10. The method for producing a 5-aminolevulinic acid aqueous solution according to claim 1, wherein a change in electric conductivity or pH of the eluate, in a respective value of 0.5 mS/cm or more or a pH of 0.5 or more per 1 column volume, is used as the index of recovery commencement, and a respective value of 2.5 mS/cm or more or a pH of 1 or more per 1 column volume is used as the index of recovery completion.
11. The method for producing 5-aminolevulinic acid hydrochloride according to claim 2, wherein a change in electric conductivity or pH of the eluate, in a respective value of 0.5 mS/cm or more or a pH of 0.5 or more per 1 column volume, is used as the index of recovery commencement, and a respective value of 2.5 mS/cm or more or a pH of 1 or more per 1 column volume is used as the index of recovery completion.
12. The method or producing crystals of 5-aminolevulinic acid hydrochloride according to claim 3, wherein a change in electric conductivity or pH of the eluate, in a respective value of 0.5 mS/cm or more or a pH of 0.5 or more per 1 column volume, is used as the index of recovery commencement, and a respective value of 2.5 mS/cm or more or a pH of 1 or more per 1 column volume is used as the index of recovery completion.
13. The method for producing 5-aminolevulinic acid hydrochloride, from a crude solution, according to claim 7, wherein a change in electric conductivity or pH of the eluate, in a respective value of 0.5 mS/cm or more or a pH of 0.5 or more per 1 column volume, is used as the index of recovery commencement, and a respective value of 2.5 mS/cm or more or a pH of 1 or more per 1 column volume is used as the index of recovery completion.
Description
TECHNICAL FIELD

This invention relates to a method for producing 5-aminolevulinic acid aqueous solution and 5-aminolevulinic acid hydrochloride which are useful in the fields of microorganisms and fermentations, animals and medical treatments, plants and the like.

BACKGROUND OF THE INVENTION

It is known that 5-aminolevulinic acid is useful in the field of microorganisms for vitamin B12 production, heme enzyme production, microbial culturing, porphyrin production and the like, in the field of animals and the field of medical treatment for infectious disease treatment, sterilization, Haemophilus diagnosis, derivatives material, depilation, rheumatism therapy, cancer therapy, thrombus therapy, intraoperative diagnosis of cancer, animal cell culturing, heme metabolism studies, hair growth tonic, diagnosis of heavy metal intoxication porphyria, prevention of anemia and the like, and in the field of agriculture for plant growth regulation, salt resistance and the like.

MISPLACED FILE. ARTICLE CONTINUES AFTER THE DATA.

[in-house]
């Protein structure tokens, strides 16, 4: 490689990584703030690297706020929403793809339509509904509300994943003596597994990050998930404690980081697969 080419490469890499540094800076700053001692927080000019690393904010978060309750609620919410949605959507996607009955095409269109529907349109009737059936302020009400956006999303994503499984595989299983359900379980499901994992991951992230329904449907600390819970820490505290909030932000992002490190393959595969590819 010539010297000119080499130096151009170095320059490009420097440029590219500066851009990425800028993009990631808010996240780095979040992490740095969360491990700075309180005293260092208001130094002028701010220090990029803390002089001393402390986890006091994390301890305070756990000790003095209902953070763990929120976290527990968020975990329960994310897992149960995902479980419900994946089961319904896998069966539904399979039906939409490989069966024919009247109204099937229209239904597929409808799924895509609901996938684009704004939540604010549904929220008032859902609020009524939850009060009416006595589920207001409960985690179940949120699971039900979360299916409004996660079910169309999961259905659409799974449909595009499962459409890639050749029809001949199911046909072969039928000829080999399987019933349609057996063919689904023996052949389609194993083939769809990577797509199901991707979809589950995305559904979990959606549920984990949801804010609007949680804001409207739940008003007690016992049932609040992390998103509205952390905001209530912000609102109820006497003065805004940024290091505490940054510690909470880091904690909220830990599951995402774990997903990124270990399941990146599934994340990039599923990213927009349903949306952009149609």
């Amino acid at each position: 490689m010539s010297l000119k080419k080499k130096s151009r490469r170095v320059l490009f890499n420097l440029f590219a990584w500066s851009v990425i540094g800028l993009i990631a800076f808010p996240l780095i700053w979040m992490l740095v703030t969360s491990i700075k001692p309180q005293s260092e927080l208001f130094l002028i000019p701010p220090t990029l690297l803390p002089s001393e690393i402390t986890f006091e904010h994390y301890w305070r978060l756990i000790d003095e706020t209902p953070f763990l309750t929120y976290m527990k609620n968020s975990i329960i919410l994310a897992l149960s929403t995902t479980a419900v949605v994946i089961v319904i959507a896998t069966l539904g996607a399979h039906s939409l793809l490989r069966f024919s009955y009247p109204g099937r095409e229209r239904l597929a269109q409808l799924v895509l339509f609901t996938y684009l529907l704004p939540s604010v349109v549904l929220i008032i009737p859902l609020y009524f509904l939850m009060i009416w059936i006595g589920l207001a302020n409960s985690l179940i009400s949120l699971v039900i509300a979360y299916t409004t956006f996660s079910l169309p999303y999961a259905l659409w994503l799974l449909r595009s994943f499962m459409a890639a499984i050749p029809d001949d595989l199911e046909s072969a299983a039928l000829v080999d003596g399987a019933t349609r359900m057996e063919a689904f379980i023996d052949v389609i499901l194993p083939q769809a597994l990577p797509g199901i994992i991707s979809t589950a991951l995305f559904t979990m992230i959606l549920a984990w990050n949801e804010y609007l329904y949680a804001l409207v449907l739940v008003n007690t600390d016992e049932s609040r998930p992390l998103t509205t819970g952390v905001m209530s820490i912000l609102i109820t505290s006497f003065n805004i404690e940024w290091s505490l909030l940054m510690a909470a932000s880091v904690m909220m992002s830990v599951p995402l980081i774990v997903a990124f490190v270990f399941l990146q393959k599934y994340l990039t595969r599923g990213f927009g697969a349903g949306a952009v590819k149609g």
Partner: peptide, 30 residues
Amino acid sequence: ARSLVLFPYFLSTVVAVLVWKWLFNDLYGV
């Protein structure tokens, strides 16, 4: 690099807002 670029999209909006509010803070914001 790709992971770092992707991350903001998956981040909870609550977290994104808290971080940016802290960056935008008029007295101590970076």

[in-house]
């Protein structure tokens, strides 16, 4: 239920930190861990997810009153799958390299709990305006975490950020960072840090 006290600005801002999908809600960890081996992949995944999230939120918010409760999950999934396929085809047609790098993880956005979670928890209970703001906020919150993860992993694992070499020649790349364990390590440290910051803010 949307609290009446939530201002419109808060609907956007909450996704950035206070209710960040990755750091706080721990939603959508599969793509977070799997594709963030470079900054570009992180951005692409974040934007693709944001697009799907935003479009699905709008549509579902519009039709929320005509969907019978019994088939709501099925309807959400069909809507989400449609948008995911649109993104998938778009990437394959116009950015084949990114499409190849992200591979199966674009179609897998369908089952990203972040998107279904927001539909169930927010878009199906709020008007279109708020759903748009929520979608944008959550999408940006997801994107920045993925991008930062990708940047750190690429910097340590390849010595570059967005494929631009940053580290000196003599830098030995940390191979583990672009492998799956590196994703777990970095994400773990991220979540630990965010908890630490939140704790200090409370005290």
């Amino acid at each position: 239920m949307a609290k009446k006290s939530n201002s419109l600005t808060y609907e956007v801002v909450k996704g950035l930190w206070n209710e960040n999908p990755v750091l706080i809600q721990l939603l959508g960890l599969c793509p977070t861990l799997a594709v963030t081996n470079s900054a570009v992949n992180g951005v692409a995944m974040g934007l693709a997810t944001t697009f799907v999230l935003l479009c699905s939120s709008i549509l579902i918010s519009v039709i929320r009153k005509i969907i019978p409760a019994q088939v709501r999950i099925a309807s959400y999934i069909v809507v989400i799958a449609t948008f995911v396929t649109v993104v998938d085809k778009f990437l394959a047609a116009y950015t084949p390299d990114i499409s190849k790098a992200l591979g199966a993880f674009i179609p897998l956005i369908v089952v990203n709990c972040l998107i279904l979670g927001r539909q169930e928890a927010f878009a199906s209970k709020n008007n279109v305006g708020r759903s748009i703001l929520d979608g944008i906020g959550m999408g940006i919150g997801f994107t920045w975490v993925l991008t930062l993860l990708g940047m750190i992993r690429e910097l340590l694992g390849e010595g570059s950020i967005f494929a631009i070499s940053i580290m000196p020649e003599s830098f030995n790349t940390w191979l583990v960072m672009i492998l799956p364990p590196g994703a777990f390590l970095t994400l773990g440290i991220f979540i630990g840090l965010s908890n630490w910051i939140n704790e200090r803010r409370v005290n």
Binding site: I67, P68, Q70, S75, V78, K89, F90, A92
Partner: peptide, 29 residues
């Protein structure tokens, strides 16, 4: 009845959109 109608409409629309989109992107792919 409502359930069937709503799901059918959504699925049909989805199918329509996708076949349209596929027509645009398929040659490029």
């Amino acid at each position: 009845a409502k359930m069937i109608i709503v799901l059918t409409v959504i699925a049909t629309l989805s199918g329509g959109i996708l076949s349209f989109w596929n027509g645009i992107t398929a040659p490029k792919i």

On the other hand, production methods of 5-aminolevulinic acid are roughly classified into chemical synthesis and microbial fermentation. Regarding the chemical synthesis, methods have been reported which use, as the materials, hippuric acid (cf. Patent Reference 1), succinic acid monoester chloride (cf. Patent Reference 2), furfurylamine (e.g., see Patent Reference 3), hydroxymethylfurfural (cf. Patent Reference 4), oxovaleric acid methyl ester (cf. Patent Reference 5) and succinic acid anhydride (cf. Patent Reference 6). Regarding the microbial fermentation, methods which use anaerobic microbes, algae, photosynthetic bacteria, various recombinant microbes and the like have been reported. Particularly, a fermentation method by using a photosynthetic bacterium belonging to the genus Rhodobacter is typical (cf. Patent Reference 7).

However, there are cases in which the 5-aminolevulinic acid crude solutions produced by the aforementioned methods are used by purifying them in response to the purposes. The microbial fermentation method is known as an inexpensive industrial production method of 5-aminolevulinic acid, but saccharides, protein, amino acids, organic acids, metal ions and the like various compounds coexist in the culture. Particularly, glycine and the like amino acids whose chemical properties are close to those of 5-aminolevulinic acid are difficult to remove from the 5-aminolevulinic acid crude solution. In addition, in producing crystals of 5-aminolevulinic acid hydrochloride, it is crystallized by mixing a 5-amino levulinic acid hydrochloride aqueous solution with a poor solvent, but this crystallization step has a problem in that when glycine and the like amino acids and other contaminants are present, they inhibit the crystallization of 5-aminolevulinic acid hydrochloride. Accordingly, it is necessary to remove these contaminants before the crystallization step.